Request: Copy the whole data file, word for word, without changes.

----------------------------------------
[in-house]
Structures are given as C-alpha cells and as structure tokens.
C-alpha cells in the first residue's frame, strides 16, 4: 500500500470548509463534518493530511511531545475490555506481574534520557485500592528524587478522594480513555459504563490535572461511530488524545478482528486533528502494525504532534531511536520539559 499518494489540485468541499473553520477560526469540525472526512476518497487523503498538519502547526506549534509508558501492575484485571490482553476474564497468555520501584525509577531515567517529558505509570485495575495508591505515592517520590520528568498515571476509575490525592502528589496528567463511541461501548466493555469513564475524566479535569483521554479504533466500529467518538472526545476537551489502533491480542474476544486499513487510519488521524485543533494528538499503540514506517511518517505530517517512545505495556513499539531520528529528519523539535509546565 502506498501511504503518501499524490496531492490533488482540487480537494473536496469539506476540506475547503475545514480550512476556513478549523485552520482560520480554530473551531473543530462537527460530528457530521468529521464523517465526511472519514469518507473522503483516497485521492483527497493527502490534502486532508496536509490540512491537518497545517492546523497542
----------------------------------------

[in-house]
Structures are given as C-alpha cells and as structure tokens.
C-alpha cells in the first residue's frame, strides 16, 4: 500500500470548509463534518493530511511531545475490555506481574534520557485500592528524587478522594480513555459504563490535572461511530488524545478482528486533528502494525504532534531511536520539559 499518494489540485468541499473553520477560526469540525472526512476518497487523503498538519502547526506549534509508558501492575484485571490482553476474564497468555520501584525509577531515567517529558505509570485495575495508591505515592517520590520528568498515571476509575490525592502528589496528567463511541461501548466493555469513564475524566479535569483521554479504533466500529467518538472526545476537551489502533491480542474476544486499513487510519488521524485543533494528538499503540514506517511518517505530517517512545505495556513499539531520528529528519523539535509546565 502506498501511504503518501499524490496531492490533488482540487480537494473536496469539506476540506475547503475545514480550512476556513478549523485552520482560520480554530473551531473543530462537527460530528457530521468529521464523517465526511472519514469518507473522503483516497485521492483527497493527502490534502486532508496536509490540512491537518497545517492546523497542